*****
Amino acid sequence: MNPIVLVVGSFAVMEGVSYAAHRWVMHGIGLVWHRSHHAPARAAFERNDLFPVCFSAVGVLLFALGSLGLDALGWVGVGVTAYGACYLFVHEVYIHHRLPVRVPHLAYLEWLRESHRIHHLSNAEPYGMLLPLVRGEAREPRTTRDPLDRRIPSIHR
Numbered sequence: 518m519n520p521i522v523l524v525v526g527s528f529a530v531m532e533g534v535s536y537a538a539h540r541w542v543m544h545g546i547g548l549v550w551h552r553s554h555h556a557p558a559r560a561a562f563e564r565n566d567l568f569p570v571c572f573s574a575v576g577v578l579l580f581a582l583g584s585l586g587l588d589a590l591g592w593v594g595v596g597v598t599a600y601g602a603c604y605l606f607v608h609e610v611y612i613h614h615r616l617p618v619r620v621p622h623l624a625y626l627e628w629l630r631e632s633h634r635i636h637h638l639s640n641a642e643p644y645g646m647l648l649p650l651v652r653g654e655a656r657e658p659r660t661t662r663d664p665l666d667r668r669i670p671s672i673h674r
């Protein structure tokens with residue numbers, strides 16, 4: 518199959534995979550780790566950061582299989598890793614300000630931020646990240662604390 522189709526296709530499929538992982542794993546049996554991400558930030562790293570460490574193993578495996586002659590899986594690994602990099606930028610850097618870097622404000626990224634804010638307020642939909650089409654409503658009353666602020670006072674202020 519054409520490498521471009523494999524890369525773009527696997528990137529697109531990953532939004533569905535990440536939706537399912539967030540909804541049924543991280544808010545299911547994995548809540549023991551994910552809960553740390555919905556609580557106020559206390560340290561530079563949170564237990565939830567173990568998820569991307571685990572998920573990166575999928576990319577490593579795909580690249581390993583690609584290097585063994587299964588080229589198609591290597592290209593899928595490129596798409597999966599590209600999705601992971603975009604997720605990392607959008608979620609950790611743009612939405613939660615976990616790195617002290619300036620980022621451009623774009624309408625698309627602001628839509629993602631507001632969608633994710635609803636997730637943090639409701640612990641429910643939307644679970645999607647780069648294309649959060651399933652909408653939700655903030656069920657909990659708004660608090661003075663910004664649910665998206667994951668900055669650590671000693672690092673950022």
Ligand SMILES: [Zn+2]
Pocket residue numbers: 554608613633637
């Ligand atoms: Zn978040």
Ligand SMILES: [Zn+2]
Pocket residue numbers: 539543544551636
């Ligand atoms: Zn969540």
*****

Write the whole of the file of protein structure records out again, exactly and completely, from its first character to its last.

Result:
Amino acid sequence: MNPIVLVVGSFAVMEGVSYAAHRWVMHGIGLVWHRSHHAPARAAFERNDLFPVCFSAVGVLLFALGSLGLDALGWVGVGVTAYGACYLFVHEVYIHHRLPVRVPHLAYLEWLRESHRIHHLSNAEPYGMLLPLVRGEAREPRTTRDPLDRRIPSIHR
Numbered sequence: 518m519n520p521i522v523l524v525v526g527s528f529a530v531m532e533g534v535s536y537a538a539h540r541w542v543m544h545g546i547g548l549v550w551h552r553s554h555h556a557p558a559r560a561a562f563e564r565n566d567l568f569p570v571c572f573s574a575v576g577v578l579l580f581a582l583g584s585l586g587l588d589a590l591g592w593v594g595v596g597v598t599a600y601g602a603c604y605l606f607v608h609e610v611y612i613h614h615r616l617p618v619r620v621p622h623l624a625y626l627e628w629l630r631e632s633h634r635i636h637h638l639s640n641a642e643p644y645g646m647l648l649p650l651v652r653g654e655a656r657e658p659r660t661t662r663d664p665l666d667r668r669i670p671s672i673h674r
């Protein structure tokens with residue numbers, strides 16, 4: 518199959534995979550780790566950061582299989598890793614300000630931020646990240662604390 522189709526296709530499929538992982542794993546049996554991400558930030562790293570460490574193993578495996586002659590899986594690994602990099606930028610850097618870097622404000626990224634804010638307020642939909650089409654409503658009353666602020670006072674202020 519054409520490498521471009523494999524890369525773009527696997528990137529697109531990953532939004533569905535990440536939706537399912539967030540909804541049924543991280544808010545299911547994995548809540549023991551994910552809960553740390555919905556609580557106020559206390560340290561530079563949170564237990565939830567173990568998820569991307571685990572998920573990166575999928576990319577490593579795909580690249581390993583690609584290097585063994587299964588080229589198609591290597592290209593899928595490129596798409597999966599590209600999705601992971603975009604997720605990392607959008608979620609950790611743009612939405613939660615976990616790195617002290619300036620980022621451009623774009624309408625698309627602001628839509629993602631507001632969608633994710635609803636997730637943090639409701640612990641429910643939307644679970645999607647780069648294309649959060651399933652909408653939700655903030656069920657909990659708004660608090661003075663910004664649910665998206667994951668900055669650590671000693672690092673950022």
Ligand SMILES: [Zn+2]
Pocket residue numbers: 554608613633637
């Ligand atoms: Zn978040």
Ligand SMILES: [Zn+2]
Pocket residue numbers: 539543544551636
């Ligand atoms: Zn969540």